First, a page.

Meadowlarks feed almost entirely on the ground, obtaining food from the top of the ground or by probing beneath the soil. Their diet consists largely of vegetable (grain and weed seeds) and animal matter (insects). Favorite insect foods include beetles, cutworms, grasshoppers and crickets. They feed on grains in winter and early spring, insects in late spring and summer, and weed seeds in the fall. Foraging birds walk or run on the ground, but when they approach their nests they walk more stealthily with their body closer to the ground.
Meadowlarks have a large repertoire of calls and songs which they use to proclaim territorial ownership, attract mates, broadcast personal characteristics (age, sex, competence), warn of potential dangers, and maintain social contact. While both sexes vocalize, it is the loud, complex territorial song of the male that is the most conspicuous and familiar sound we hear when walking along the grassland areas on the west side of the Park. The song serves as a signal to potential rivals that the territory is occupied by a resident male, prepared to protect his exclusive use of that space and any associated females. The song generally lasts for 1.5 to 2.0 seconds, and may be delivered from the ground, but more typically from high perches (fence posts, shrubs, rocks) located throughout their territories, or more frequently, along the perimeter, adjacent to neighboring territories. Each male has a repertoire of 6 to 9 territorial song types. They usually produce a round of repetitions of one type before switching to another. Song switching is often in response to an intruder’s song, advertising its readiness to interact. Listen to some songs here.
The females usually arrive on the breeding grounds 2 to 4 weeks after the males. Pairing occurs immediately upon arrival, and they remain close together, foraging and prospecting for nest sites. The female does not pair with another male while the 1st male continues to maintain his territory successfully, but the male usually has 2 mates concurrently. The pair bond is maintained until the female has completed parental care or aborted a final nesting attempt. Thereafter the female will forage in and out of the former breeding area without male escort, often in association with other meadowlarks.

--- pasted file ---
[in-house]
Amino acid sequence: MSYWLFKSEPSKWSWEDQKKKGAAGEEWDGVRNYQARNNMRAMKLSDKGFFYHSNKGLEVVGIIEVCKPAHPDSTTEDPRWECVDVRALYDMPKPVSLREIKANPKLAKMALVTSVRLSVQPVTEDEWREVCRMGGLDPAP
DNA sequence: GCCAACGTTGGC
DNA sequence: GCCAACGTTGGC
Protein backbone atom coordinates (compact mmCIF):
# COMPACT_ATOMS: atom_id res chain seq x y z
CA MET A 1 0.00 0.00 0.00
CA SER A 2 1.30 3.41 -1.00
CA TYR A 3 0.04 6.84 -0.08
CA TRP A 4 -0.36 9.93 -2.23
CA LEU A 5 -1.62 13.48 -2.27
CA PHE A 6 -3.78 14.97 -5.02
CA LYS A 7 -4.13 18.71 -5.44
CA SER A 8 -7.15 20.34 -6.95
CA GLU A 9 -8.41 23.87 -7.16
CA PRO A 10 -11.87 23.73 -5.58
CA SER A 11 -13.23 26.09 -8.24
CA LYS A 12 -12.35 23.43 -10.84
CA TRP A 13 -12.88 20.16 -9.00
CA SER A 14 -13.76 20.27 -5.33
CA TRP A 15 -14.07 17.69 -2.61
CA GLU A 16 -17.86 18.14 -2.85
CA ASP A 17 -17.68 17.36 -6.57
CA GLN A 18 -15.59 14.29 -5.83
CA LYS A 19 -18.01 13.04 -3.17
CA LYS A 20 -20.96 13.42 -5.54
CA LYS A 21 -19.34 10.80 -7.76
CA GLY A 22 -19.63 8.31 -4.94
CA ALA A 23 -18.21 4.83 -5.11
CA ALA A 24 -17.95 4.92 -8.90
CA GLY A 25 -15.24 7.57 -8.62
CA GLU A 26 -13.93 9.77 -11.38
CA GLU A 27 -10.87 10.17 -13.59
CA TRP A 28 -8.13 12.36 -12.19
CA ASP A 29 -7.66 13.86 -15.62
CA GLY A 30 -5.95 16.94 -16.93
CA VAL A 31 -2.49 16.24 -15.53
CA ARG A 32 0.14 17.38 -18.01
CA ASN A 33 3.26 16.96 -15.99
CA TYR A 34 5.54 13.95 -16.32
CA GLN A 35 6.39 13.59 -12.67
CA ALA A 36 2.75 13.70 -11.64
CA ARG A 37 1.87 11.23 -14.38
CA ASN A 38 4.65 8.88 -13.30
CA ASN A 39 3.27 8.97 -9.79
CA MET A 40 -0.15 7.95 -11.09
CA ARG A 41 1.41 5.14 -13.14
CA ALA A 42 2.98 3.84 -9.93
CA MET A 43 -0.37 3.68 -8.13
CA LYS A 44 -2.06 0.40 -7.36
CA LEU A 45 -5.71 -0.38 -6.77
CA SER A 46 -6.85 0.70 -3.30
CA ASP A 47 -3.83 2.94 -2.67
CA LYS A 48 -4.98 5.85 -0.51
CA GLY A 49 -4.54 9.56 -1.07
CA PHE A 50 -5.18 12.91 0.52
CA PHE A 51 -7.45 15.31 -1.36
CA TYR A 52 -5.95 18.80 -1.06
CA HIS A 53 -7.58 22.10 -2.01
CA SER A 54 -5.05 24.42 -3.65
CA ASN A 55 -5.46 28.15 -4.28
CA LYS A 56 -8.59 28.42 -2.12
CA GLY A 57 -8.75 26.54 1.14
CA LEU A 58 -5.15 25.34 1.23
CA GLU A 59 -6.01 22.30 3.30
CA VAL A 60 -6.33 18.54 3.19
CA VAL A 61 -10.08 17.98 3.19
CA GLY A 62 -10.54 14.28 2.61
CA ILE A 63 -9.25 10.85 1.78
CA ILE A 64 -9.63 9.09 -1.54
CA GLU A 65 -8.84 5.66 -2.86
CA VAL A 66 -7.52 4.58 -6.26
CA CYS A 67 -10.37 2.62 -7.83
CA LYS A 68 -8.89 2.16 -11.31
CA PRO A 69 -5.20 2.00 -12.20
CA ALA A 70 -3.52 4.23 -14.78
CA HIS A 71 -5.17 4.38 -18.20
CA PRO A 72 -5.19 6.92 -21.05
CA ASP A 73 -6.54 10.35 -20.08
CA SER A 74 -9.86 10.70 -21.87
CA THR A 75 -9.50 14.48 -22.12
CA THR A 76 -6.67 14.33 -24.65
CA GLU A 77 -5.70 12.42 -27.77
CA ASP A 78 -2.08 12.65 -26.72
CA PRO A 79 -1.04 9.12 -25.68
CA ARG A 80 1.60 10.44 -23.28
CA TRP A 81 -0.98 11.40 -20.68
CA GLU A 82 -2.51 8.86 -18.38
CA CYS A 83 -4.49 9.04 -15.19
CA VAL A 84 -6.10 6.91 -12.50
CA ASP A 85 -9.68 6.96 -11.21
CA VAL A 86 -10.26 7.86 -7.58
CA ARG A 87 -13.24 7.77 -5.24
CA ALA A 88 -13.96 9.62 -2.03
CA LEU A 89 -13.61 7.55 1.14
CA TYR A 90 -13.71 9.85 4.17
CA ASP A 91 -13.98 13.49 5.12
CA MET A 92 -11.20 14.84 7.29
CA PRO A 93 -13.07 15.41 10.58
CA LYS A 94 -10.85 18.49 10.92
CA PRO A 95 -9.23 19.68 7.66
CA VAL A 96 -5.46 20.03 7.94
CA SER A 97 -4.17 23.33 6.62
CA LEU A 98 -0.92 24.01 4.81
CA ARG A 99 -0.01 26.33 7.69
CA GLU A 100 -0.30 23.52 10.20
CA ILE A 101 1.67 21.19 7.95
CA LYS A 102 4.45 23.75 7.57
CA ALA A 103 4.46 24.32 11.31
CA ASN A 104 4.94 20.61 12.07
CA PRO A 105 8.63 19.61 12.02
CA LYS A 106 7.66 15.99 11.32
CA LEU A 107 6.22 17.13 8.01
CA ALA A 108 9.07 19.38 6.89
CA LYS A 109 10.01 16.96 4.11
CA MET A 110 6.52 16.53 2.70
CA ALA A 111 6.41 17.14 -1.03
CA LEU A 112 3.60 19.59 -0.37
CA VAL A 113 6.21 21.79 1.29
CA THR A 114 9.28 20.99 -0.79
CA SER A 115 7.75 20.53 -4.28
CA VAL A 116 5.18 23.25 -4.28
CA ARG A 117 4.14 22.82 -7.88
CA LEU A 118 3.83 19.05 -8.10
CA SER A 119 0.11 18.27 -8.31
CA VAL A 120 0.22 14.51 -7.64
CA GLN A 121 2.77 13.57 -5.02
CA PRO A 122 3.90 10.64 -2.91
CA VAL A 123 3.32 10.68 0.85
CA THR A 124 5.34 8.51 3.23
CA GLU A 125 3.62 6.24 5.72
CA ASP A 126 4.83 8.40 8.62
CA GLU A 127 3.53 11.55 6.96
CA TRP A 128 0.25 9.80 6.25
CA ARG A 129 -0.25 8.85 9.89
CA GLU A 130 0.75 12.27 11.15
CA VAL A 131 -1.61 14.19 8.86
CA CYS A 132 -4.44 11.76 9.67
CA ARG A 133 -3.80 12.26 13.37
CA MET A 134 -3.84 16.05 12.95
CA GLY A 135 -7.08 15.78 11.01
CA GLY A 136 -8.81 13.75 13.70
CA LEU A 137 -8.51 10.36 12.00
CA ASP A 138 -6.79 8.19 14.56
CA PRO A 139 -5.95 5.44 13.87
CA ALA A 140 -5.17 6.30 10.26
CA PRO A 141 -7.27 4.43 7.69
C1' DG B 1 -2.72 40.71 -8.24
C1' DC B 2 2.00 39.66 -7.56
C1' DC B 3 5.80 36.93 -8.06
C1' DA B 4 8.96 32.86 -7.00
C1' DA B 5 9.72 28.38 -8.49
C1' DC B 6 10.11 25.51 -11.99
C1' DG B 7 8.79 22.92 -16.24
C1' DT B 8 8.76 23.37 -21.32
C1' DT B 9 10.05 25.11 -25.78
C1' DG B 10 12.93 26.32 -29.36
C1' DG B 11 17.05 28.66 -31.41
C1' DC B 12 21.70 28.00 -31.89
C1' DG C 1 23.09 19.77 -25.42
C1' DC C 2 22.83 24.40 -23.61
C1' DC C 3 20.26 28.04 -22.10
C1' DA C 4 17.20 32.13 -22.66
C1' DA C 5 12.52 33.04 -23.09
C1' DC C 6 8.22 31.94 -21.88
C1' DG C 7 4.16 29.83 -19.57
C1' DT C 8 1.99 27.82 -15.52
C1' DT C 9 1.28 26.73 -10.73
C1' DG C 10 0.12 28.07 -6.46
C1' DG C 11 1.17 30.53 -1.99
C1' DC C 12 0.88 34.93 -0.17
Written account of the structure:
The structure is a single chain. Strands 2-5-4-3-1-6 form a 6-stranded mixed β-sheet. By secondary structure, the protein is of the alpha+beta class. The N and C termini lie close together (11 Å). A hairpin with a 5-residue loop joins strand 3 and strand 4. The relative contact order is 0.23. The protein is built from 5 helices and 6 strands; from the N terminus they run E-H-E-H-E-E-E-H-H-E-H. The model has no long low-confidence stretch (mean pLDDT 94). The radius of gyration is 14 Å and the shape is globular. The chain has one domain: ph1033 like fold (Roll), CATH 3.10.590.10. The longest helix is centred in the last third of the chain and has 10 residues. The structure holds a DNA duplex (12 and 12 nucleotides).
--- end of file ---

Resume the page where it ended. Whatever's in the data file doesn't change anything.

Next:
The most aggressive social behavior, is characterized by acts of display intended to discourage the presence of rivals, and by the exclusive continued use of a defined area for an individual and its mate. Meadowlarks seem to require a territory of about 5 to 7 acres, and males who are unsuccessful in acquiring mates fail to maintain territories. When territories are being established, resident males constantly engage in evicting trespassers. Intruders are aerially pursued until beyond territorial boundaries. When territorial boundaries are disputed, competitive renditions of song by neighboring males from adjacent song perches occur. In addition to singing, posturing displays are used, the most common being tail and wing flashing, whereby the tail feathers are nervously snapped out and in, while the wings are flashed open and shut with great speed. Body contact and fighting between males, though uncommon, can be quite severe with much thrashing of wings, jabbing of bills, and clawing.
Lanyon, W.E. 1994. The Birds of North America. No 104.
Gill, F.B. 2006. Ornithology.
By Lee Franks. This article was originally published in the Edgewood Explorer, March 2002.